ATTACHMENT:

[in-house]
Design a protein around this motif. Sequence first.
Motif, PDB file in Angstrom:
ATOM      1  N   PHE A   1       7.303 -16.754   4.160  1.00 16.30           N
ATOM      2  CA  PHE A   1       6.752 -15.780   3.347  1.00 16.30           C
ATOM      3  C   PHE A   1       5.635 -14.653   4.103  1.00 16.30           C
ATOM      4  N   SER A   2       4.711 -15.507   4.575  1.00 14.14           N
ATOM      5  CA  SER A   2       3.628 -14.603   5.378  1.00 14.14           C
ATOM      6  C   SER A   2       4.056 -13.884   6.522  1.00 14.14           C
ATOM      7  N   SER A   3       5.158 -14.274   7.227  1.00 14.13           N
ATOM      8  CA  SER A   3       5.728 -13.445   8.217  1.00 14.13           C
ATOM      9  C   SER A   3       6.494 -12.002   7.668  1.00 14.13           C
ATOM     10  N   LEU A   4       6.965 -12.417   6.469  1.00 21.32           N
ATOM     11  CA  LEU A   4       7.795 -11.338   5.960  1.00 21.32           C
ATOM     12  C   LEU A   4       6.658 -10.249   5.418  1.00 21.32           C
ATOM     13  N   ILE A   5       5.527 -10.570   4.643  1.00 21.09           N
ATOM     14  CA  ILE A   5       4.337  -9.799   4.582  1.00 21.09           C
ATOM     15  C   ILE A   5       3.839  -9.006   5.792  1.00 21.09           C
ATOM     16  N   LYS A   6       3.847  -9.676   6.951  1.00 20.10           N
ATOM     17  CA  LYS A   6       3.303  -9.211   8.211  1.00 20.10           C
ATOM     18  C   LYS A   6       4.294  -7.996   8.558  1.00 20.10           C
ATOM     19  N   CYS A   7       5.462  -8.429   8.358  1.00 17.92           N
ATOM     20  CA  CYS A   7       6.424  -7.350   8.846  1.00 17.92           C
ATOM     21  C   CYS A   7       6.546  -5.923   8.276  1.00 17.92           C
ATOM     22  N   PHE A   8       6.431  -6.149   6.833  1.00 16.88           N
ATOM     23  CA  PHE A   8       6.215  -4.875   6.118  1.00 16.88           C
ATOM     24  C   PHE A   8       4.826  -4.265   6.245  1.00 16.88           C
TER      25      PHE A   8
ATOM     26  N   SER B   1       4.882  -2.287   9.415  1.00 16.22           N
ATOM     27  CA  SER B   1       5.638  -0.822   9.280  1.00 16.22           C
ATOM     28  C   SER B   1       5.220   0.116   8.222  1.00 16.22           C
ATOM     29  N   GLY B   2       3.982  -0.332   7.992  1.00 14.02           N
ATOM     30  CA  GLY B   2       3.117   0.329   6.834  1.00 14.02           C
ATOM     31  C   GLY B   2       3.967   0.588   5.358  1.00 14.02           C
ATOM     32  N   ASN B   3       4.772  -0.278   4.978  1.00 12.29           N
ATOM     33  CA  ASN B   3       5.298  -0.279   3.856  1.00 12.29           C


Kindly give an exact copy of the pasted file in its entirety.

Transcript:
[in-house]
Design a protein around this motif. Sequence first.
Motif, PDB file in Angstrom:
ATOM      1  N   PHE A   1       7.303 -16.754   4.160  1.00 16.30           N
ATOM      2  CA  PHE A   1       6.752 -15.780   3.347  1.00 16.30           C
ATOM      3  C   PHE A   1       5.635 -14.653   4.103  1.00 16.30           C
ATOM      4  N   SER A   2       4.711 -15.507   4.575  1.00 14.14           N
ATOM      5  CA  SER A   2       3.628 -14.603   5.378  1.00 14.14           C
ATOM      6  C   SER A   2       4.056 -13.884   6.522  1.00 14.14           C
ATOM      7  N   SER A   3       5.158 -14.274   7.227  1.00 14.13           N
ATOM      8  CA  SER A   3       5.728 -13.445   8.217  1.00 14.13           C
ATOM      9  C   SER A   3       6.494 -12.002   7.668  1.00 14.13           C
ATOM     10  N   LEU A   4       6.965 -12.417   6.469  1.00 21.32           N
ATOM     11  CA  LEU A   4       7.795 -11.338   5.960  1.00 21.32           C
ATOM     12  C   LEU A   4       6.658 -10.249   5.418  1.00 21.32           C
ATOM     13  N   ILE A   5       5.527 -10.570   4.643  1.00 21.09           N
ATOM     14  CA  ILE A   5       4.337  -9.799   4.582  1.00 21.09           C
ATOM     15  C   ILE A   5       3.839  -9.006   5.792  1.00 21.09           C
ATOM     16  N   LYS A   6       3.847  -9.676   6.951  1.00 20.10           N
ATOM     17  CA  LYS A   6       3.303  -9.211   8.211  1.00 20.10           C
ATOM     18  C   LYS A   6       4.294  -7.996   8.558  1.00 20.10           C
ATOM     19  N   CYS A   7       5.462  -8.429   8.358  1.00 17.92           N
ATOM     20  CA  CYS A   7       6.424  -7.350   8.846  1.00 17.92           C
ATOM     21  C   CYS A   7       6.546  -5.923   8.276  1.00 17.92           C
ATOM     22  N   PHE A   8       6.431  -6.149   6.833  1.00 16.88           N
ATOM     23  CA  PHE A   8       6.215  -4.875   6.118  1.00 16.88           C
ATOM     24  C   PHE A   8       4.826  -4.265   6.245  1.00 16.88           C
TER      25      PHE A   8
ATOM     26  N   SER B   1       4.882  -2.287   9.415  1.00 16.22           N
ATOM     27  CA  SER B   1       5.638  -0.822   9.280  1.00 16.22           C
ATOM     28  C   SER B   1       5.220   0.116   8.222  1.00 16.22           C
ATOM     29  N   GLY B   2       3.982  -0.332   7.992  1.00 14.02           N
ATOM     30  CA  GLY B   2       3.117   0.329   6.834  1.00 14.02           C
ATOM     31  C   GLY B   2       3.967   0.588   5.358  1.00 14.02           C
ATOM     32  N   ASN B   3       4.772  -0.278   4.978  1.00 12.29           N
ATOM     33  CA  ASN B   3       5.298  -0.279   3.856  1.00 12.29           C